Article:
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Nobel Laureate Leymah Gbowee speaks at WCC Peace Plenary

Nobel Laureate Leymah Gbowee speaks at WCC Peace Plenary

Nobel Peace Laureate Leymah Gbowee at the WCC assembly in Busan.

07 November 2013

“Blessed are the peace makers” is the proclamation in Matthew 5:9. Today the World Council of Churches (WCC) 10th Assembly featured Leymah Gbowee as one of the key speakers at the Peace Plenary, which featured stories, images and signs of hope from God leading toward justice and peace.

Gbowee is a peace activist, social worker and women rights advocate. She received the Nobel Laureate prize for peace in 2011. She led a nonviolent movement of Christian and Muslim women that played a pivotal role in ending Liberia's civil war in 2003.

Gbowee shared her personal experience growing up in Liberia. In a moving story, she recalled how the community she knew as peaceful and caring changed after the war erupted. She was then 17 and her life changed radically. She recalled the anger she felt at seeing the destruction of life in her community. She also spoke of her pain at witnessing the countless number of boys recruited as child soldiers.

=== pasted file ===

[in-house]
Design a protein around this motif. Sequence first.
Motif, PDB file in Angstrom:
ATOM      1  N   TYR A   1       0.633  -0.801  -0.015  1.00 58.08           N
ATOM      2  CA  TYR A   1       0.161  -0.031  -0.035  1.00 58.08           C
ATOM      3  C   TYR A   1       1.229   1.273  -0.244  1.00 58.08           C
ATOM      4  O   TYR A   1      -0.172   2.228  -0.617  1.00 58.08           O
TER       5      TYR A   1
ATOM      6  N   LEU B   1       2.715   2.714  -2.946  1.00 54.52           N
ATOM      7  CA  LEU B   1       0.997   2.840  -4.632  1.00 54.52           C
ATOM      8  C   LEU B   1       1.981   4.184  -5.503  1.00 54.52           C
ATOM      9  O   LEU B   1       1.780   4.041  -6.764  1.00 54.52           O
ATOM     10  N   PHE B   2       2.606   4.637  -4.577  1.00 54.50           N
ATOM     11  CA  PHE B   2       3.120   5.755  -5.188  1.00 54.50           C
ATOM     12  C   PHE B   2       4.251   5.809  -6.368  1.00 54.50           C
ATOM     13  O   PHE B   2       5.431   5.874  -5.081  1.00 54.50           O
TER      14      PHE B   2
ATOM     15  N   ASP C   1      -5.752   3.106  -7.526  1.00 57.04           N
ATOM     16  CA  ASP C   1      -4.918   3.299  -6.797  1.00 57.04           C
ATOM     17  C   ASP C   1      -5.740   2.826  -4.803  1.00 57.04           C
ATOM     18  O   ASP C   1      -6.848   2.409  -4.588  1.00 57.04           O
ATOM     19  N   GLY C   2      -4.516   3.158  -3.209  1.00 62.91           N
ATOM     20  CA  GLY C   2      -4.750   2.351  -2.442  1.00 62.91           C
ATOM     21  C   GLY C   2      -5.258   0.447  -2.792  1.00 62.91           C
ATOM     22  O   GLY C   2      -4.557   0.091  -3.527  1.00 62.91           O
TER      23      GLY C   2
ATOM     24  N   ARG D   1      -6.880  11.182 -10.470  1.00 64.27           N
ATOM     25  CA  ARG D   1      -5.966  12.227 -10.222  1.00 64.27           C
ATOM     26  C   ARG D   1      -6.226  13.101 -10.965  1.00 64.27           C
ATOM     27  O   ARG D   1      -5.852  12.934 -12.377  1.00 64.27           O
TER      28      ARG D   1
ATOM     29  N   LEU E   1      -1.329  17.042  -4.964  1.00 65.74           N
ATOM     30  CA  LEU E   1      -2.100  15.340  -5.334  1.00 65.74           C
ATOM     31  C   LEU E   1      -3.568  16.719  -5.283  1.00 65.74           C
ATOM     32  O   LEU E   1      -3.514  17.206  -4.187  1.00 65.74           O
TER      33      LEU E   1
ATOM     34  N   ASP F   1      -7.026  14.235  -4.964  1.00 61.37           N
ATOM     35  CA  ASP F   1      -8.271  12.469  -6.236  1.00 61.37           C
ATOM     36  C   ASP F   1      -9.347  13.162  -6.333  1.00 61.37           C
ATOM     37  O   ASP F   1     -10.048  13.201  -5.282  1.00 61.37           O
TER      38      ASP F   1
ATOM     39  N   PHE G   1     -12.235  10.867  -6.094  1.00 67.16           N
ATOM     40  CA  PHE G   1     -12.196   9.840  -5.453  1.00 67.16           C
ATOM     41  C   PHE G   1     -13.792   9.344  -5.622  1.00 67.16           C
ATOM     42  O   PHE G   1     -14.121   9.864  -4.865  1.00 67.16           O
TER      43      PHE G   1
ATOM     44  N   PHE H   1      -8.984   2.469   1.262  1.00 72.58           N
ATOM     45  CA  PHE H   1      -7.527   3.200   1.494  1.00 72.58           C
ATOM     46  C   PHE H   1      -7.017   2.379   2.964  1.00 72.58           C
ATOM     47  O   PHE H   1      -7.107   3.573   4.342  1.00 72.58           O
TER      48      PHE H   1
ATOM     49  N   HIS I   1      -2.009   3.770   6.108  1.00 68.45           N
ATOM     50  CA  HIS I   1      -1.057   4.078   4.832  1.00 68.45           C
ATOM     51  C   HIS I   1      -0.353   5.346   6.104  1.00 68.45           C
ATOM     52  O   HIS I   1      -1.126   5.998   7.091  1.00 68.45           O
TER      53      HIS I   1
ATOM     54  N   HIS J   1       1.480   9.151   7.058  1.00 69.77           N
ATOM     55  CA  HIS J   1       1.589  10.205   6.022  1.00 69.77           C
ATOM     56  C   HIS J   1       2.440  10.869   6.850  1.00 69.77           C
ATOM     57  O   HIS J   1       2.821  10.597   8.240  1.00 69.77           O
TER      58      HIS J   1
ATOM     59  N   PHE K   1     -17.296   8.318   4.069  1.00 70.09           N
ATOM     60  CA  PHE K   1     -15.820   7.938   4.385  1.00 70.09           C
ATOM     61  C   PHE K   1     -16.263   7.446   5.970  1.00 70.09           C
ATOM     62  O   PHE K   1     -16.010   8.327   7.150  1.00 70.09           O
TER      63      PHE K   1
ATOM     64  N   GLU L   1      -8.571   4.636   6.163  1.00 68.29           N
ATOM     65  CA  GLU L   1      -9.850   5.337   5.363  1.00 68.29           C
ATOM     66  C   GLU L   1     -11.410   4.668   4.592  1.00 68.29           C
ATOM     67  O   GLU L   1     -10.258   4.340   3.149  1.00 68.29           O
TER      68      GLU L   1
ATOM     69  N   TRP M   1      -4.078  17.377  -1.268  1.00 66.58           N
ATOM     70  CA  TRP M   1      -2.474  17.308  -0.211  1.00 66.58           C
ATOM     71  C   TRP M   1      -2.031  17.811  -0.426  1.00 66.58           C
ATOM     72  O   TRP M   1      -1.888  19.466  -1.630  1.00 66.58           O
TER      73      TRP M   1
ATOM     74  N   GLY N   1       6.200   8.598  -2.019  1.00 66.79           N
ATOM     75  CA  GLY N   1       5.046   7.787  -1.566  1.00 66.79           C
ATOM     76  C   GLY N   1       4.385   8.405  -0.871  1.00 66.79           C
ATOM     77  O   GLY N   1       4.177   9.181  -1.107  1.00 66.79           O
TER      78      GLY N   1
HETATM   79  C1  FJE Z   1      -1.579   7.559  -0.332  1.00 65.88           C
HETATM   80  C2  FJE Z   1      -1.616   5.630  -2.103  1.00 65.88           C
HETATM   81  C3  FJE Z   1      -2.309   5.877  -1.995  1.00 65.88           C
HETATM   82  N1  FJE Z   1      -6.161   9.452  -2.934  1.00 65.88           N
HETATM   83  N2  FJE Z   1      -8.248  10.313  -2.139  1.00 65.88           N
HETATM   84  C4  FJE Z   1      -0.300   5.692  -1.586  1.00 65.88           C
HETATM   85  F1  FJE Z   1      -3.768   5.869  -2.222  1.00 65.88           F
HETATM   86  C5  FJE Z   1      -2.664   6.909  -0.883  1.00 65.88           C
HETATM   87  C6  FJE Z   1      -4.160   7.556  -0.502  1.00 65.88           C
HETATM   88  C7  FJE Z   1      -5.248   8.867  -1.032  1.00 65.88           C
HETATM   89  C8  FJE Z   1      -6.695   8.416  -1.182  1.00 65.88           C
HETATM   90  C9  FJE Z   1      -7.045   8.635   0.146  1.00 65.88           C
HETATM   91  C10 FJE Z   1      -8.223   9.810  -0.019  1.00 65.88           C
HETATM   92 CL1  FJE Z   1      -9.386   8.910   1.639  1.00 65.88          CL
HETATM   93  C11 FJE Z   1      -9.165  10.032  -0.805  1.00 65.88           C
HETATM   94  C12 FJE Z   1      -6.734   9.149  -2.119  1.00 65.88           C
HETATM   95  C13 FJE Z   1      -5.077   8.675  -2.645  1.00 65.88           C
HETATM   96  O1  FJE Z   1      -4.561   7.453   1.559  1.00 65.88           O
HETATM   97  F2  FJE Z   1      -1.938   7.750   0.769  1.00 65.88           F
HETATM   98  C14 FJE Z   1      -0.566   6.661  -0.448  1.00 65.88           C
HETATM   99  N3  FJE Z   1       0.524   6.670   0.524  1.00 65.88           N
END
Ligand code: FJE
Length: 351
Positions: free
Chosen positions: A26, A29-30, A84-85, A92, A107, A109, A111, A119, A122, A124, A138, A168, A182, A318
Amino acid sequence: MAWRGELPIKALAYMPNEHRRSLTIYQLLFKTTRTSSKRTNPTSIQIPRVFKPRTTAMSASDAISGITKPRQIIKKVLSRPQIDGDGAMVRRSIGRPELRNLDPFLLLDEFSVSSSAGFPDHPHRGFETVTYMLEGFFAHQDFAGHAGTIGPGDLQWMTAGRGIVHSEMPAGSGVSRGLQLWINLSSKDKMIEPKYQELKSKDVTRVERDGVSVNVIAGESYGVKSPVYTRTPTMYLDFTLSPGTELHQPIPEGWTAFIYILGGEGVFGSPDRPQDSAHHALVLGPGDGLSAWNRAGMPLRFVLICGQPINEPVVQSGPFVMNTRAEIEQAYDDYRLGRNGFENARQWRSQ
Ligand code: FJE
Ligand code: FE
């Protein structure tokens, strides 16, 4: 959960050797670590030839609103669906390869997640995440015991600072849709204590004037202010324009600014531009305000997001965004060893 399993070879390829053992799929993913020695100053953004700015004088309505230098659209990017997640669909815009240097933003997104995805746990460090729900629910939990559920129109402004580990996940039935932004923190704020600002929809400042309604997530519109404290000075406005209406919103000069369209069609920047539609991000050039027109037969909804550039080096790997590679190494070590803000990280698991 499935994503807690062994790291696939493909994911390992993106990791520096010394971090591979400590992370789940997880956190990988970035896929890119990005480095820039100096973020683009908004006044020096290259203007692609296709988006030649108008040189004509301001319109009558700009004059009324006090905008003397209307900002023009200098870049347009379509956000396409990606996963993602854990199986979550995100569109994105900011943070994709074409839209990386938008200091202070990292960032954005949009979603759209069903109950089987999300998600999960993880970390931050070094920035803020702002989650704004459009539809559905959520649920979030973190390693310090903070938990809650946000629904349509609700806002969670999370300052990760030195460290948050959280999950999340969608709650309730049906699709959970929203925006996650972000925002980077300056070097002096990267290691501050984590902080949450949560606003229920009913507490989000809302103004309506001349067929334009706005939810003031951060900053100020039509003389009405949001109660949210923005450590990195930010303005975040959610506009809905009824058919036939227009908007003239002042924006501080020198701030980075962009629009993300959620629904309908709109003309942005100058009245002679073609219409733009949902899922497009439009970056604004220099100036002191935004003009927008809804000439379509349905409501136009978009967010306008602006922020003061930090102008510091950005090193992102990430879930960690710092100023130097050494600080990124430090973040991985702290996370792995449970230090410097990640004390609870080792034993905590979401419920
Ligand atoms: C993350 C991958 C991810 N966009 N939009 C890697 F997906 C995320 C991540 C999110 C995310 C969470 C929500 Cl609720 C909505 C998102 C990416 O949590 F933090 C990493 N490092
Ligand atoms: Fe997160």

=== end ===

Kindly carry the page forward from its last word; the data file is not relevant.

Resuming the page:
“This began a journey of healing for me because I realize that there is no way you can engage this vocation of peace if you do not have personal healing,” Gbowee said.

At a press conference later in the day, the Nobel Laureate called for a reawakening of the social advocacy movement within churches and the ecumenical world. She said oftentimes the role of women in peacemaking is underestimated. She uses her visibility as a Nobel Prize winner to in turn bring visibility to the work of ordinary women and their collective work for peace. “The women’s movement in Liberia is vibrant. People continue to bring light to the issues. Rape and abuse of women is still a challenge, a huge challenge,” she said.

Official website of the WCC 10th Assembly

Read also: Busan assembly highlights significance of peace

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